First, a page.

Augustine's On the Good of Marriage and Infused Virtue in the Twelfth Century


  • Bonnie Kent

Bonnie Kent, Department of Philosophy, University of California, Irvine, Irvine, CA 92697-4555,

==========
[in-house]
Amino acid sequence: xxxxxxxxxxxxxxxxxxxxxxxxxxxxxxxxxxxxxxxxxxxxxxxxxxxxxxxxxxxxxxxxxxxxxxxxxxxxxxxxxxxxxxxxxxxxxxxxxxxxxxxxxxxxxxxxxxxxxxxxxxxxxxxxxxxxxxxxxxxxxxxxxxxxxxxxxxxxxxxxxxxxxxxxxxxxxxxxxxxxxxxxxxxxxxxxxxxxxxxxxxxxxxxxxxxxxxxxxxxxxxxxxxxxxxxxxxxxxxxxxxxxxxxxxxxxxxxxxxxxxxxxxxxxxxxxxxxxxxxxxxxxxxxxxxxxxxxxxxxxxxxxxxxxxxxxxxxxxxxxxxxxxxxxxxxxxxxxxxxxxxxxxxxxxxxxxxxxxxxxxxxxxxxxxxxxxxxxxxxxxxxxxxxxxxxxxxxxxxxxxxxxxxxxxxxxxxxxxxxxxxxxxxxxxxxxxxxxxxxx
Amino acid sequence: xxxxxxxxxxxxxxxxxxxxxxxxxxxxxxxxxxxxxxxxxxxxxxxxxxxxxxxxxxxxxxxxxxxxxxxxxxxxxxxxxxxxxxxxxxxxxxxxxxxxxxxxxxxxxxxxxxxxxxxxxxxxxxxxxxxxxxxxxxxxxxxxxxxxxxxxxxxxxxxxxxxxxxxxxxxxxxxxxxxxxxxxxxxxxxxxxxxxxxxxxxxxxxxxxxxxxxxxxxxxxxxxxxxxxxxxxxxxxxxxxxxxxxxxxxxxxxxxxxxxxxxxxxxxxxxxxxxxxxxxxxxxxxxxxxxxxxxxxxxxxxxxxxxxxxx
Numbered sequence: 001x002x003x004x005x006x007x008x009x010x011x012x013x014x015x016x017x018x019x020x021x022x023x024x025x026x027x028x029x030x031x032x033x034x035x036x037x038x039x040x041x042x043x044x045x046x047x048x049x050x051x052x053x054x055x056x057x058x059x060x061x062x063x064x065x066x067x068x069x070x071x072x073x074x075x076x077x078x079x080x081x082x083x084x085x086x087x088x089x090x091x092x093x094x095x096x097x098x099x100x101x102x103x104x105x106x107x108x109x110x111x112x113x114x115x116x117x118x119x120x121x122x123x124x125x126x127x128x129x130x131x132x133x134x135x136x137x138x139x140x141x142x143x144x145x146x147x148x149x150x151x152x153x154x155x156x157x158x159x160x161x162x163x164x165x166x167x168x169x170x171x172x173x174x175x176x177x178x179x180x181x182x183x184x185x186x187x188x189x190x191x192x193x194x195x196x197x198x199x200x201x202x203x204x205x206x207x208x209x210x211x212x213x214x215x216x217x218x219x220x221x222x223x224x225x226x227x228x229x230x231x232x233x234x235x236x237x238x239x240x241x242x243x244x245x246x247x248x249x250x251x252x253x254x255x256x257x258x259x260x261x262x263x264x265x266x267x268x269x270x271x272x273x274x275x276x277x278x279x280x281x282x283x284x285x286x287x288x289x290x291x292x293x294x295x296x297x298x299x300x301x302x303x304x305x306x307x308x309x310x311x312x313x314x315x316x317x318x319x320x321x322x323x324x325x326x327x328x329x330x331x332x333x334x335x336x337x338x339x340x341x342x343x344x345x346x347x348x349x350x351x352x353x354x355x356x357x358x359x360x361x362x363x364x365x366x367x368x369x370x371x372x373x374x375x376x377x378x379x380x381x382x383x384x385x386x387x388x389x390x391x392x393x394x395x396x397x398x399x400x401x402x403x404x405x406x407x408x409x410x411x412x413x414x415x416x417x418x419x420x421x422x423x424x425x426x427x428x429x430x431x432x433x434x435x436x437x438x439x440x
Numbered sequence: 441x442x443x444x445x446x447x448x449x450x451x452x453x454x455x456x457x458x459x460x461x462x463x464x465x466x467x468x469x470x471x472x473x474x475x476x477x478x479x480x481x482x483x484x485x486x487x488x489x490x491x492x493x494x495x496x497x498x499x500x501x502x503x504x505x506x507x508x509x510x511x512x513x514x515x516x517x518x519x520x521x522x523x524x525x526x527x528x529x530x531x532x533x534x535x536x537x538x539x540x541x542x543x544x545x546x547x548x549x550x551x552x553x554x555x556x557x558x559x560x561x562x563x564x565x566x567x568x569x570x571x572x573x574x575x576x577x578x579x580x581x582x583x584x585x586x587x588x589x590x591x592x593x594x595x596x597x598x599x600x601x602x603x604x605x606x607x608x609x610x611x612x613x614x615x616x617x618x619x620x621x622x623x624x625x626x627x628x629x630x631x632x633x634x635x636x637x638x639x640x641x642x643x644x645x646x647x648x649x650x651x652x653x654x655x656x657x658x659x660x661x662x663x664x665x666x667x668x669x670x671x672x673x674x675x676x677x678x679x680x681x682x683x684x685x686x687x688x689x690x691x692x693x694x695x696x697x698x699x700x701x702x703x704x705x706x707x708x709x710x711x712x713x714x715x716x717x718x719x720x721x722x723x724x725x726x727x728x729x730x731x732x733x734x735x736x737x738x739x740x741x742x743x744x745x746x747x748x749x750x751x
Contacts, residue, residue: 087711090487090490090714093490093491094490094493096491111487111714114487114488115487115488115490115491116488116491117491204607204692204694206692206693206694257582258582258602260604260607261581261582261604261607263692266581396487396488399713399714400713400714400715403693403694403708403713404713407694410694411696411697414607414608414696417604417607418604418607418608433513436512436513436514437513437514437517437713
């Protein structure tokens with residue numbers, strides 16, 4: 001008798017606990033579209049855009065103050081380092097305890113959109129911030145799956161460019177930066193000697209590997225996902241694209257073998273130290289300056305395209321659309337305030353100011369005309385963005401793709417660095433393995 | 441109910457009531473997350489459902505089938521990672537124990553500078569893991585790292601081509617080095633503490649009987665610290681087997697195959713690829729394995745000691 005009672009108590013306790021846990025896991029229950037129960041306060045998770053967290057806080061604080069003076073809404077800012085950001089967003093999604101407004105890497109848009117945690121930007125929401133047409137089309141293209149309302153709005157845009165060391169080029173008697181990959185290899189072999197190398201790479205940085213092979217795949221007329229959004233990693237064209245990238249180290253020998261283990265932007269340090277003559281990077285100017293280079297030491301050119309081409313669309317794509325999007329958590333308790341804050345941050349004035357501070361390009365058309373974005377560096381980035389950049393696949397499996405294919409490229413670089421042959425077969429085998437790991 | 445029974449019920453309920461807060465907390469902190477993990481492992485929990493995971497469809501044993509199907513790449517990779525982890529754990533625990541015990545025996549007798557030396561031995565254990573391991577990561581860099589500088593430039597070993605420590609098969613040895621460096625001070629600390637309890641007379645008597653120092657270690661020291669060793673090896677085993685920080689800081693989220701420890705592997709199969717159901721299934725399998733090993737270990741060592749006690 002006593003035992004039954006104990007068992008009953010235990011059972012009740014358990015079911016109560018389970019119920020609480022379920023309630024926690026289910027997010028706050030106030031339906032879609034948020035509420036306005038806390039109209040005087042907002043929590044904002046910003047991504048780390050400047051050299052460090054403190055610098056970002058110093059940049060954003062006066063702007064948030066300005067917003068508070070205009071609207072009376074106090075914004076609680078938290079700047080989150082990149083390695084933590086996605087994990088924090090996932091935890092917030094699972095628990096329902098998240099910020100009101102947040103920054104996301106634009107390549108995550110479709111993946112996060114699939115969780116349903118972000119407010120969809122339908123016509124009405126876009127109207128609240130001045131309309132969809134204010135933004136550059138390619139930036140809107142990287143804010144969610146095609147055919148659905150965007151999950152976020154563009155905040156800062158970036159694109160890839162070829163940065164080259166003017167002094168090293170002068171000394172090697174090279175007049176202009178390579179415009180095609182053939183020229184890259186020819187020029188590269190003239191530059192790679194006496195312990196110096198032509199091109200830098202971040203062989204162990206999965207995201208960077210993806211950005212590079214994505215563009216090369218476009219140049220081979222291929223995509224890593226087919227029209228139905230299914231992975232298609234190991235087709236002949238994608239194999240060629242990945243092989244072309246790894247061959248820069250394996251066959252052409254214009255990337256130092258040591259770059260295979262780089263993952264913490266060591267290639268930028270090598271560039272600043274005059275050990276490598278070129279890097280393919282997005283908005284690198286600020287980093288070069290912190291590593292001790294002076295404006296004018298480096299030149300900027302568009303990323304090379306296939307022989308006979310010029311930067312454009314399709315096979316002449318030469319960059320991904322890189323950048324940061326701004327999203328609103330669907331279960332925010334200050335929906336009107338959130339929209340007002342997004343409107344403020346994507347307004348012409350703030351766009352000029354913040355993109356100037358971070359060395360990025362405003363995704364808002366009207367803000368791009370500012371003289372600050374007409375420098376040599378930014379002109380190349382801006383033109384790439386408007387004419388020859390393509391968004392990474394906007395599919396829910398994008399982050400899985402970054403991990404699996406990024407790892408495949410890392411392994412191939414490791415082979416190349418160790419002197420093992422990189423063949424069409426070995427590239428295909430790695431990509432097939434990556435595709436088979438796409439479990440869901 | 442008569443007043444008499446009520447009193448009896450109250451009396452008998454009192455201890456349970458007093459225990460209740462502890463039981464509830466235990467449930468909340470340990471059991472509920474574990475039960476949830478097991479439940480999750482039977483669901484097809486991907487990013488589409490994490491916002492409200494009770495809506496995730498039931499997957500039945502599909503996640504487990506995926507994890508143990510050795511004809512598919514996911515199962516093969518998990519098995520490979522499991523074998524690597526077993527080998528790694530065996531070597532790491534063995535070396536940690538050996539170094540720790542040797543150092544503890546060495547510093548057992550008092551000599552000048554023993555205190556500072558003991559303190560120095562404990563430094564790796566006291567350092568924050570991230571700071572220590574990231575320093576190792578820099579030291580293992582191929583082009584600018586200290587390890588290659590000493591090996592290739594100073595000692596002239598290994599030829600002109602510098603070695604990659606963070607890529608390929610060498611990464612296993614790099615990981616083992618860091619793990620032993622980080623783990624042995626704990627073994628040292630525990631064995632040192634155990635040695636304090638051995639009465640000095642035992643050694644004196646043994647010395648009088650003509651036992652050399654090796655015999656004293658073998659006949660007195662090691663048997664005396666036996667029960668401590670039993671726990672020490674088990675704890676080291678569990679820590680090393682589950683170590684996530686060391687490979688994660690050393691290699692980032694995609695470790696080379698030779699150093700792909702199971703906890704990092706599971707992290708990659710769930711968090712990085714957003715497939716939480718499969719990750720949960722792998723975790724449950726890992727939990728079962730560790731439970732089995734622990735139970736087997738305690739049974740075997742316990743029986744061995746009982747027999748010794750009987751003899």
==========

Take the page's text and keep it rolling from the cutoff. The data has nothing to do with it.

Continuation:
In the history of ethics, it remains remains unclear how Christians of the Middle Ages came to see God-given virtues as dispositions (habitus) created in the human soul. Patristic works could surely support other conceptions of the virtues given by grace. For example, one might argue that all such virtues are forms of charity, so that they must be affections of the soul, or that they consist in what the soul does, not anything the soul has. Scholars usually assume that the explanation lies in the impact of Aristotle's philosophy on medieval theology. This essay argues that the dispositional account of God-given virtues was already entrenched by the end of the twelfth century and probably owes more to the influence of Augustine's treatise On the Good of Marriage.